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this side upHaving a chuckle here, but let me tell you, my hubby is a saint, the sort that makes me look at him sometimes and just think, Wow, do I have the Lord’s favor, or what?

The poor man, I empathize with him sometimes, that part of me that remains rational, hovering above our conversations, even as the rest of me has descended into pure, reactionary, emotionalism.

For those who don’t know, there is a refugee that still lives inside of me, the kind that can not be exorcised by Tom Petty songs, a survivor who is prepared to flee at a moment’s notice and so I must have my bag and my keys under my pillow, my shoes at my bedside.

Alas, there is a hole, a gap, this thing that attempts to thwart my efforts, this space of a few inches that always manages to worm its way into my world between the night stand and the bed. The gap. The gap of course eats everything I own, so my purse slips down into the abyss, making my life impossible, impossible I tell you.

“You’re going to need to fix it,” I say as I  have said so many times before, a myriad of broken things rising up before me, leaky faucets, cars that won’t start, dead hamsters. Fix it, make it work, repair my whole broken world so I can function once again. Is that not what men are actually for? Is that not their Divine, God-given purpose in the biological equation?

It is a bit funny, the irrationality of it all. I have a life-time of honey-do lists, of broken things I have needed fixed, of endless demands, of requests to just make it go, put it back together, or provide a new one so we can move forward once again, our lives like this well oiled machinery that must be constantly maintained and repaired. Irrational and somewhat comical because my first complaint is often, why do you always try to fix things? I do not want your solutions! Can you not just listen and leave the problem be? Can’t you just hear me, validate me, and walk away leaving the problem unsolved?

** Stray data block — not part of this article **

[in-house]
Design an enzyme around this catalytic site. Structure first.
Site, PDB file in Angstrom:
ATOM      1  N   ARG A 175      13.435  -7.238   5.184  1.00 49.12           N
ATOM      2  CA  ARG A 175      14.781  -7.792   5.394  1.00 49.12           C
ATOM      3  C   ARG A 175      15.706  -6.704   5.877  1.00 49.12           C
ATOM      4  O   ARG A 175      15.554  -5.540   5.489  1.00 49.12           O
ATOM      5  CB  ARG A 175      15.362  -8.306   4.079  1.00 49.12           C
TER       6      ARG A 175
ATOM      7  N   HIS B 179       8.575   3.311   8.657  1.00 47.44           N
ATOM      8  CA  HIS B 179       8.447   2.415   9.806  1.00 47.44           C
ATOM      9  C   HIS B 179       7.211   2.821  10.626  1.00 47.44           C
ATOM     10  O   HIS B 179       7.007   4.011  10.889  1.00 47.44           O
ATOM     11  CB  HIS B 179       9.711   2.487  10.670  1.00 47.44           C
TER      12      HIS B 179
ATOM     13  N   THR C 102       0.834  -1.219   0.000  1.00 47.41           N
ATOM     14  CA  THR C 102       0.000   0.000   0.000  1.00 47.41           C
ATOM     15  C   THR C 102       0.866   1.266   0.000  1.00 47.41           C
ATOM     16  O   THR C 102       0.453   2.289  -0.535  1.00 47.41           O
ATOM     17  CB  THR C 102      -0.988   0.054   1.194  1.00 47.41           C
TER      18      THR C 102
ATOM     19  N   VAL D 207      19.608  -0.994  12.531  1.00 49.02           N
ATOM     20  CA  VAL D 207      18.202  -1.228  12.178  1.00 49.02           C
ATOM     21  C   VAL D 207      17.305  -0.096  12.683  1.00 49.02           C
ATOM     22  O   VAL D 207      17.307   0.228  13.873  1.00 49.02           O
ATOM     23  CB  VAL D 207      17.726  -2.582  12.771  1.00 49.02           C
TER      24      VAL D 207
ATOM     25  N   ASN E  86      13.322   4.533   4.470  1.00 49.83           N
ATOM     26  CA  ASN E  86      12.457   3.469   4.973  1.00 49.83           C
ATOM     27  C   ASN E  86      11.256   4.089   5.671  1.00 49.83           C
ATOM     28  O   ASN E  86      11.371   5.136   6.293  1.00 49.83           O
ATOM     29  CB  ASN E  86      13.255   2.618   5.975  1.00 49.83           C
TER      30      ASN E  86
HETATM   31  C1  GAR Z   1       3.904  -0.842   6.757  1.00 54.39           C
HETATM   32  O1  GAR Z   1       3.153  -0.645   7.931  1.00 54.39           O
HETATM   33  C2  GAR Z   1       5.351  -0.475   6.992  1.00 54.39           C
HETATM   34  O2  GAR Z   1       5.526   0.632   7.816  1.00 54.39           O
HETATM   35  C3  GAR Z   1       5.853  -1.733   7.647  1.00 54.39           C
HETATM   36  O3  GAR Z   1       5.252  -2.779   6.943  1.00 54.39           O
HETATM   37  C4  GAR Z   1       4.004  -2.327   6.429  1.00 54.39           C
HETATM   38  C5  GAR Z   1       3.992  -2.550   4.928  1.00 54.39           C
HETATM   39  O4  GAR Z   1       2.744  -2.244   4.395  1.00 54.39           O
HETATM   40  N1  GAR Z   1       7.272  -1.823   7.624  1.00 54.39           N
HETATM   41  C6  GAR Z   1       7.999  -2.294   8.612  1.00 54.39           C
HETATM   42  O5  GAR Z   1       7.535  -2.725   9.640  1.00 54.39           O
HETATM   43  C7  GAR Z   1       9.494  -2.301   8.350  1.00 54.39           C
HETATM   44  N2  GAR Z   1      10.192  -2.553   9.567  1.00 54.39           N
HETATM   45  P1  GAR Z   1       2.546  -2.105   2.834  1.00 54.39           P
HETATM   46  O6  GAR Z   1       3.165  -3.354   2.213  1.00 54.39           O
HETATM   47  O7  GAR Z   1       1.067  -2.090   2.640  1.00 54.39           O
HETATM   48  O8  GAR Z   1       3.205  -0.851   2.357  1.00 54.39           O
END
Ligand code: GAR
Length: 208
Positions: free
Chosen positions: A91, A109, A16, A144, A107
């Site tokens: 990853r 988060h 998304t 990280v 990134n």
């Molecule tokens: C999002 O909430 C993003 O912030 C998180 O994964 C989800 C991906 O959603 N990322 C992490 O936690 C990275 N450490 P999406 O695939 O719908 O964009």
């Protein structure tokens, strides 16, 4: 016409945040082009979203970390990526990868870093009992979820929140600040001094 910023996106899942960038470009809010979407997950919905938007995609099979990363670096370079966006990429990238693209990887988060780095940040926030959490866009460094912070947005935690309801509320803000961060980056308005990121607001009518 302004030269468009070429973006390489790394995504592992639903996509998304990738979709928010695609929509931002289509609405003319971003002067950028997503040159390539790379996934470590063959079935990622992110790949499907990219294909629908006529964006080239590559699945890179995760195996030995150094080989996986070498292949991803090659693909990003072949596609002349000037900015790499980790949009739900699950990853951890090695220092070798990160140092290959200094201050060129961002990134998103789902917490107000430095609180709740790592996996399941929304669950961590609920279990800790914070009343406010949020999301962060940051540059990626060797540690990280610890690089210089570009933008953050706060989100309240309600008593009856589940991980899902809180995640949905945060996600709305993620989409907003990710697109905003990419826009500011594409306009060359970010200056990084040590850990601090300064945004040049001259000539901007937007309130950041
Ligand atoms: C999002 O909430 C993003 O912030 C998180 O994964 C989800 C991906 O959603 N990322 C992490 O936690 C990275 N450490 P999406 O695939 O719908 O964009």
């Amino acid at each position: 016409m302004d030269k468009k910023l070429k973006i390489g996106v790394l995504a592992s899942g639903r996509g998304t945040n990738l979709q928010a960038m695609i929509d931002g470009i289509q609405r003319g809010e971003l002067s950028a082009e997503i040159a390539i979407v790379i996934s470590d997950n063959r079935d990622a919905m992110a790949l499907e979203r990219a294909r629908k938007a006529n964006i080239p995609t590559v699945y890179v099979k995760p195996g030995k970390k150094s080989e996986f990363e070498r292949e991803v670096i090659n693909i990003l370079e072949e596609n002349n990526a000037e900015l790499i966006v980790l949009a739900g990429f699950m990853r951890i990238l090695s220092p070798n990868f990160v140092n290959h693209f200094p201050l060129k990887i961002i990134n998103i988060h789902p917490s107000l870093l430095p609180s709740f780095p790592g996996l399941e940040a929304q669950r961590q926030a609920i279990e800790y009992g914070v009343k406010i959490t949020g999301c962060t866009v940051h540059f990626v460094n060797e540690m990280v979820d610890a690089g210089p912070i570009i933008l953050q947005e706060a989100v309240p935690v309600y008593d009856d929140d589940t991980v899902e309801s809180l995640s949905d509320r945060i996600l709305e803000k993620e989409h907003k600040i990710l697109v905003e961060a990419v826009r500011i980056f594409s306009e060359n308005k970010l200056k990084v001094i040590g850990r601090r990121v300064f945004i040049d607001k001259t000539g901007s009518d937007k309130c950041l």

Of course he cannot, because the rest of the time he is busy fulfilling his Divinely appointed duty to “just fix it,” when suddenly his wife tosses him a script change, a completely alien role, a new place to stand on the stage, an entirely different character to play.  Of course he cannot….

The whole concept of just sitting still in the midst of brokeness eludes the poor guy, agitates him. It is outside of his comfort zone. He is a doer, a fixer, the role of letting go and just sitting in stillness, in companionable silence with what is broken, is way outside of his comfort zone and it is partially my fault. He has sacrificed that skill, he has given all that he is to the job of “just fixing things.” I worry, I fret because I know so well that there will come a day when he encounters something he cannot fix, something too big, something that demands you just sit still and bear witness to its grief and suffering.

The man is a saint, however. He does not bat an eyelash, does not miss a beat, does not think it is the least bit strange to hear his wife demand, “The gap, fix it!”

“What gap?” he says. The massive, carnivorous abyss lurking on my side of the bed, the giant hole that consumes everything I own, the infinitely infuriating space that threatens to suck people I care about right off the planet…..

It occurs to me as I am actually saying these words that there is a slight possibility they may be a bit melodramatic, my tone a touch hysterical, “The Problem” perhaps not quite as huge and life threatening as it feels, certainly not one that involves geo-political affairs or the total collapse of the universe or anything.

But for him it is, for him it is as important as an inter-galactic attack, as concerning as the impending collapse of the universe, because it matters to me, because it is a small irritant that threatens my entire universe.

I sense the weight of that kind of power, feel the  responsibility that goes along with it, the way I hold this man’s heart in my hands. My husband really is a saint.

Wow, do I have the Lord’s favor, or what?

 

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